True to form, Clinton offered a quick, weak apology for a critical lapse of judgment in having the affair and misleading the public then attacked Independent Counsel Kenneth Starr for going to far and hurting `too many innocent people.' But Mr. President, who is to blame for that?
Unfortunately, Clinton fell back on a legal point to defend his lies and placed the blame for his predicament elsewhere. That won't endear him to anyone. The country Clinton leads deserves better than the superficial finger-pointing performance he delivered Monday night.
Helena (Mont.) Independent Record:
OK. So President Bill Clinton has changed his tune, admitting an improper sexual relationship with a White House intern less than half his age, but denying any obstruction of justice or other wrongdoing.
Big deal. In a sense, it doesn't really matter what if anything President Clinton has to say on the subject of Monica Lewinsky. When it comes to Clinton and women, most of us already have made up our mind, and by now the president's protestations are about the last thing to change it. ...
Whatever happens in the end, Clinton will be remembered as a president lucky enough to have served during prosperous economic times, a president whose progressive policies were increasingly undermined as much by his move to the center and beyond as by his declining credibility, and a president who shamed his wife and daughter and his party and the people of the United States by his mind-bendingly reckless inability to keep it in his pants.
The Des Moines (Iowa) Register:
It is almost beyond comprehension that Clinton is so lacking in self-discipline, so reckless, that he engaged in a sordid liaison with a youthful intern under the same roof with his own family, at a time he was under scrutiny for alleged sexual misconduct.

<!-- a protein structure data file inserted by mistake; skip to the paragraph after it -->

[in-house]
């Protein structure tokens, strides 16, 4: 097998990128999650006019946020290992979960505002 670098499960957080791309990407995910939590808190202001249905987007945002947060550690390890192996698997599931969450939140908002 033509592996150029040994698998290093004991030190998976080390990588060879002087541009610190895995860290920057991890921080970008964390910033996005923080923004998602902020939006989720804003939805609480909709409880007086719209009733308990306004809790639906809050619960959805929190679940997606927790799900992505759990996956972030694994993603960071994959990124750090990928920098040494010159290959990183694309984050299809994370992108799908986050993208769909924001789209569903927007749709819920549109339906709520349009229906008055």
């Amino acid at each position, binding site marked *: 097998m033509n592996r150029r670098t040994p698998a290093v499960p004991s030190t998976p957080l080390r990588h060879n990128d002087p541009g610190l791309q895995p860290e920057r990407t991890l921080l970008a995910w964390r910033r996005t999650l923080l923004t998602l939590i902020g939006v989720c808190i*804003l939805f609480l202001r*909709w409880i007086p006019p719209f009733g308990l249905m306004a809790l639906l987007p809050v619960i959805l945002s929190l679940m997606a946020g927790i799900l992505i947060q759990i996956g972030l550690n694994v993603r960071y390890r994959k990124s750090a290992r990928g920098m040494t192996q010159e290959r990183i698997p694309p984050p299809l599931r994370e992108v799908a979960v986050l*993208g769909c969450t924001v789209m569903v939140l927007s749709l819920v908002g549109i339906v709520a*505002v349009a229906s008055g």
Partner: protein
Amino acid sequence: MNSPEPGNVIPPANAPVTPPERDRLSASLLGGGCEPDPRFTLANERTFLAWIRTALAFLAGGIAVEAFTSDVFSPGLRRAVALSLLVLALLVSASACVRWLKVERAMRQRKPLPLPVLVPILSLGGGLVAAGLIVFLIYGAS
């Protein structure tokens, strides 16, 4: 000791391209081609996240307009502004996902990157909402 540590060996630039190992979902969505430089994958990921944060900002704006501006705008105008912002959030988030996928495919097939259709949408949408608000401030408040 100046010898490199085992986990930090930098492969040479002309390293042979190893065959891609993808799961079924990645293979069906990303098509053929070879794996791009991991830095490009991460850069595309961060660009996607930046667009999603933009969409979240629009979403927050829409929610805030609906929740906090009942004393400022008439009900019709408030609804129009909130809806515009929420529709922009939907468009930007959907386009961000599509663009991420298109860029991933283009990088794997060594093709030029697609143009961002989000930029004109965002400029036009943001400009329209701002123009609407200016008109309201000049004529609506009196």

Yet the public was fully aware of Clinton's reputation and twice elected him president. It is not Clinton's character alone that brought about this sorry moment. Other factors are the president's tenacious enemies and an overreaching independent counsel.
It should never have some to this - but it did.
Now Clinton asks the country to move on.
That may not be as easy as he would like.
Many husbands stray and cover up without having to account for themselves in public. Most people find it understandable, even forgivable, to lie about sex. Many would allow Clinton the same latitude. But a president who strays and denies the truth, under oath and in hurt tones addressed to a nationwide television audience, should be judged by a different standard. This may not be Watergate but it is no mere peccadillo. ...
An early confession, no matter how grim, would have been better than the pathetic backtracking extracted Monday. He has only embarrassed those closest to him, disappointed friends and brought critics to new depths of disgust.
Detroit Free Press:
Beyond the breach of trust, the man's lack of judgment is frightening. Even if you are inclined to forgive, it will be impossible to forget. This presidency is effectively over. ...
The legacy Clinton was pursuing in such important areas as education and race relations will be forever tarnished by a sex scandal. His mantra of taking ``personal responsibility'' rings hollow.
He has let the whole country down.
Whether or not Clinton got your vote in his two campaigns for president, whether or not he is of your party or your political ideology, if you are an American, he is your leader. You are entitled to demand a lot from the person in such a job. ...
Clinton would like the country to move quickly beyond this tawdry episode, enjoy the booming economy, and prepare for the next century. The country probably will, but without its president in any meaningful role.